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Germany Quits Nuclear Power, Closing its Last Three Plants

The Gundremmingen Nuclear Power Plant in Germany
The Gundremmingen Nuclear Power Plant in Germany. Credit: Felix König / Wikimedia Commons / CC BY-SA 3.0

Germany has closed its final three nuclear power plants, officially ending the country’s long-standing nuclear energy program that has lasted over 60 years.

The German government’s stance is clear: nuclear power is not environmentally friendly or sustainable. Steffi Lemke, the Federal Minister for the Environment and Consumer Protection, who is also a member of the Green Party, emphasized this in a statement to CNN.

Instead, the country is entering a new era of energy production. Critics of Germany’s nuclear energy policy, however, believe that shutting down a low-carbon energy source is irrational, especially as the impact of the climate crisis worsens.

They argue that it’s essential to keep the existing safe nuclear reactors operating while simultaneously increasing renewable energy sources as quickly as possible.

Leah Stokes, a professor of climate and energy policy at the University of California, Santa Barbara, is one of these critics. She warns that the significant risk is that fossil fuels will replace nuclear energy, leading to an increase in carbon emissions.

This has already been seen in Germany, where the reduction in nuclear energy since the Fukushima disaster has been compensated for by an increase in coal usage, according to a research paper published last year.

30% of energy comes from coal

Germany is heavily dependent on coal for its energy needs. Over 30% of its energy coming from this dirty fossil fuel, and the government’s decision to rely on coal to ensure energy security has sparked controversy.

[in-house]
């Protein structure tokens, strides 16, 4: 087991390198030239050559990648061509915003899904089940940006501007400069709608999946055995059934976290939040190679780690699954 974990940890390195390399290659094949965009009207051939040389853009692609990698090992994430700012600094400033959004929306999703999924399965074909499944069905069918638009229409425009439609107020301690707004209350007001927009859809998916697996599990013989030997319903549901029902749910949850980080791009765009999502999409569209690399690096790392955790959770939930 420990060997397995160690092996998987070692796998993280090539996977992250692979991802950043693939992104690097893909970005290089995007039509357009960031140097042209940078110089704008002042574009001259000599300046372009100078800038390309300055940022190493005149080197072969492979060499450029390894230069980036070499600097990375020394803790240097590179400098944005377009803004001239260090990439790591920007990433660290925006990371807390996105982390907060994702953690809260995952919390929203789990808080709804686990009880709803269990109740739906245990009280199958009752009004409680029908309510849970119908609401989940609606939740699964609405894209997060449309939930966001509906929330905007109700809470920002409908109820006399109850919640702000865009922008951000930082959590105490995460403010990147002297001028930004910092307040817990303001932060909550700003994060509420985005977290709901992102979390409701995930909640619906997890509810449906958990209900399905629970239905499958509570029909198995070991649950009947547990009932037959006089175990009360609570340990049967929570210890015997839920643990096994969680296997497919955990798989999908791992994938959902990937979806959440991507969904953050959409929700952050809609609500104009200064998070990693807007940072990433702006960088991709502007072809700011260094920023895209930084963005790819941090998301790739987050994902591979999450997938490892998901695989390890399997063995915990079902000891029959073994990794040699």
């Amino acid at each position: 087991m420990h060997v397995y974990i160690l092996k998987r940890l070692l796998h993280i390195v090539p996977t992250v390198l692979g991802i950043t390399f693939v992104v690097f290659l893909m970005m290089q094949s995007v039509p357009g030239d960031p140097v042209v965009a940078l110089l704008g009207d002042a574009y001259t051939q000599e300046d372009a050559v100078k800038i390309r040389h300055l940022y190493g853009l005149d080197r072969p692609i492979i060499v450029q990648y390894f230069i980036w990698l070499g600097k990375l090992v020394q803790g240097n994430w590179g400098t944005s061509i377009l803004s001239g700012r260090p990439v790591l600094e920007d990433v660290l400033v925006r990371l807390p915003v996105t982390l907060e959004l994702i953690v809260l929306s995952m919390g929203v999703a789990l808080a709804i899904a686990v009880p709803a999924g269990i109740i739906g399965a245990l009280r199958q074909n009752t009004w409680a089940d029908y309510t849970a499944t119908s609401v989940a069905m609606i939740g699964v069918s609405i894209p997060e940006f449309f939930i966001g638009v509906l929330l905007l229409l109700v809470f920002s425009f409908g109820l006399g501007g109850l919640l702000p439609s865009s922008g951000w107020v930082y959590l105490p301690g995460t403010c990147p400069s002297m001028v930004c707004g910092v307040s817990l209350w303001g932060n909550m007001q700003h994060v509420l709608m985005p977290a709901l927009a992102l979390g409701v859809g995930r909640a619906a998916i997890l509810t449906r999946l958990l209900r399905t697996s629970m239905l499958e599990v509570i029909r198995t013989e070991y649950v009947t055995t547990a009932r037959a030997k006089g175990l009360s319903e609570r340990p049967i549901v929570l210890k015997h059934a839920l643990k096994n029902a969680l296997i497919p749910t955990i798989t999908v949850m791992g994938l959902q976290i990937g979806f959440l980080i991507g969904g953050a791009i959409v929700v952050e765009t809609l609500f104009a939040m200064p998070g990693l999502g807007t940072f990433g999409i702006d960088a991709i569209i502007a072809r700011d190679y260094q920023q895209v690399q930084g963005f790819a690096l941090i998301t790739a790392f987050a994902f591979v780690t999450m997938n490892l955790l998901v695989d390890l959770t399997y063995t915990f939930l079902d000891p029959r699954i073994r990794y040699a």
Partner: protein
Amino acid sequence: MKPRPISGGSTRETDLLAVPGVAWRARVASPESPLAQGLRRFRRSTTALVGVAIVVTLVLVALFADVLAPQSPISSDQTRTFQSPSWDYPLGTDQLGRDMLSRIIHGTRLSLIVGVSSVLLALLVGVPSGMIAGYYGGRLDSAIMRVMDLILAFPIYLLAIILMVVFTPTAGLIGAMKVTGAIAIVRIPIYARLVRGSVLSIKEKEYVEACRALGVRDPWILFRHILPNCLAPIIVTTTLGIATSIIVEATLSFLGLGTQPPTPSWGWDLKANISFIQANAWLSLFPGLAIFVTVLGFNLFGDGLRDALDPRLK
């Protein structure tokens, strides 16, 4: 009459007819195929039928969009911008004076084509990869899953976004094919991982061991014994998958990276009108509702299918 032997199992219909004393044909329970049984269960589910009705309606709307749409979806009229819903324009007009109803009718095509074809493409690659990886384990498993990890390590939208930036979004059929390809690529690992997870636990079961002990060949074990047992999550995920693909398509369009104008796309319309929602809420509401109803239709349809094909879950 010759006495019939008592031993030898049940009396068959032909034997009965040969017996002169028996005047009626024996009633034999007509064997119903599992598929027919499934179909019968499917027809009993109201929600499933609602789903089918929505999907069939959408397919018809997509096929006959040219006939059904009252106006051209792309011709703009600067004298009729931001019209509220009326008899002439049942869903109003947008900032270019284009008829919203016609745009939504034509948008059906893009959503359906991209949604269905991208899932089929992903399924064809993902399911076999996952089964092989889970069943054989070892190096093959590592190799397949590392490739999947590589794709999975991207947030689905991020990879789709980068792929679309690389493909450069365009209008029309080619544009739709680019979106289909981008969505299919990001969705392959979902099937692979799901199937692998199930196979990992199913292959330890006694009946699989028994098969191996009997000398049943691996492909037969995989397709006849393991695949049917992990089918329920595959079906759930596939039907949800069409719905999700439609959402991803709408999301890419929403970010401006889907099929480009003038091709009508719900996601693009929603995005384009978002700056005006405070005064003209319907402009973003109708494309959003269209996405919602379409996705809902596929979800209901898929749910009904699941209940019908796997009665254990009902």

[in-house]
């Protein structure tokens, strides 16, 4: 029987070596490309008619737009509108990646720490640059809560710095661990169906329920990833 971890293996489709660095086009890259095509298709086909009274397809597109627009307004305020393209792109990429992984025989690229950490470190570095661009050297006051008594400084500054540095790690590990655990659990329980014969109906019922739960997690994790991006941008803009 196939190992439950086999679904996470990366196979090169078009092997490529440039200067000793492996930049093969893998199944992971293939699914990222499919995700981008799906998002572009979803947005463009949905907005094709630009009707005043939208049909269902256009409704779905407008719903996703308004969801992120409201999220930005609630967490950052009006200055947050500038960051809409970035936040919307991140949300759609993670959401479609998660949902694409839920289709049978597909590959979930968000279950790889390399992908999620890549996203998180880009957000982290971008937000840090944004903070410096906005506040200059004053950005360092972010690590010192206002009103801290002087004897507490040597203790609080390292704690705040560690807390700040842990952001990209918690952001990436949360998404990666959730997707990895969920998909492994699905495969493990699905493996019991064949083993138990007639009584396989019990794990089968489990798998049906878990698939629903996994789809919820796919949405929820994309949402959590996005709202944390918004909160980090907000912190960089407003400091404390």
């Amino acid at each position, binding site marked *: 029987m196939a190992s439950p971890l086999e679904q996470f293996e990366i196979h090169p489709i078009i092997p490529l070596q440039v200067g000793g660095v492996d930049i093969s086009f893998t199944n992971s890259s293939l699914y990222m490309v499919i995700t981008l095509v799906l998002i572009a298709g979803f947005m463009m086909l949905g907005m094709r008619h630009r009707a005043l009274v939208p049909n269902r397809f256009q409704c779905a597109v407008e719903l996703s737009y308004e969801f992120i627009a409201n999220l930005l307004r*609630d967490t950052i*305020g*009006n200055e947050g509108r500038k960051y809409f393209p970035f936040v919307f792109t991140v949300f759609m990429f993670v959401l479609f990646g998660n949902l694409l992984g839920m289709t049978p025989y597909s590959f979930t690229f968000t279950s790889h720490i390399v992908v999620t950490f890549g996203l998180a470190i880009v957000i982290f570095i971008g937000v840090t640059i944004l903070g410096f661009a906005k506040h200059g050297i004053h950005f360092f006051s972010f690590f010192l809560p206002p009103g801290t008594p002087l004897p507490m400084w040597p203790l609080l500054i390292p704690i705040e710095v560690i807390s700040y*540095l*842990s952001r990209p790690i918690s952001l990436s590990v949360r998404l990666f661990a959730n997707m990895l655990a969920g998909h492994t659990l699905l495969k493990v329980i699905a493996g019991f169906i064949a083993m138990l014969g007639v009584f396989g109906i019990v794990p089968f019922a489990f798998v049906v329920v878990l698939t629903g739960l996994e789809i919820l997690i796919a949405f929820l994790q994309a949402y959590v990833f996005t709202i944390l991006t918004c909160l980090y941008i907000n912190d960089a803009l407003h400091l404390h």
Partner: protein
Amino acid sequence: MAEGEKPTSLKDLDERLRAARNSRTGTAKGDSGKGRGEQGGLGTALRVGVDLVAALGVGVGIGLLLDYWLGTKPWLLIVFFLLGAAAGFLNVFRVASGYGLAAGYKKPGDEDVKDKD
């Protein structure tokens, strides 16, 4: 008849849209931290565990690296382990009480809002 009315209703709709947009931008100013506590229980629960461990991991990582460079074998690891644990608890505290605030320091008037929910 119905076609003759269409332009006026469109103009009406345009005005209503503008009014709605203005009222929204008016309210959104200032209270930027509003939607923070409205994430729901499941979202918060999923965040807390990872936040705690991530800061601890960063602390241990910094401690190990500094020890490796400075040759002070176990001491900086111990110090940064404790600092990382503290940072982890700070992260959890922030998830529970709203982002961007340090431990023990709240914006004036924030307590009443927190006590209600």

In January, environmental activists, led by Greta Thunberg, protested against the demolition of the village of Lützerath, which was necessary to mine the coal underneath it. Despite their efforts, the demolition went ahead.

Relying on fossil fuels such as coal is both a climate and health problem, said Leah Stokes.  The air pollution caused by these fuels is responsible for a staggering 8.7 million deaths each year, as revealed by a recent analysis.

Veronika Grimm, a leading economist in Germany, believes that keeping nuclear power plants operational for longer would have allowed for a more extensive switch to renewable energy sources. The growth of renewable energy, she argues, has been slow, and a longer transition period could have helped the country to fully electrify its energy system.

Germany aims to generate 80% electricity from renewable resources

Germany has pledged to shut down its last power plant that uses coal by 2038. The goal is to generate 80% of its electricity from renewable energy sources by the end of this decade.

Representatives from Germany’s renewable energy sector see the closure of coal-fired power plants as an opportunity for further investment in clean energy.

Simone Peter, the president of the German Renewable Energy Federation (BEE), called the phasing out of nuclear energy a significant and long-overdue step towards the renewable energy age.

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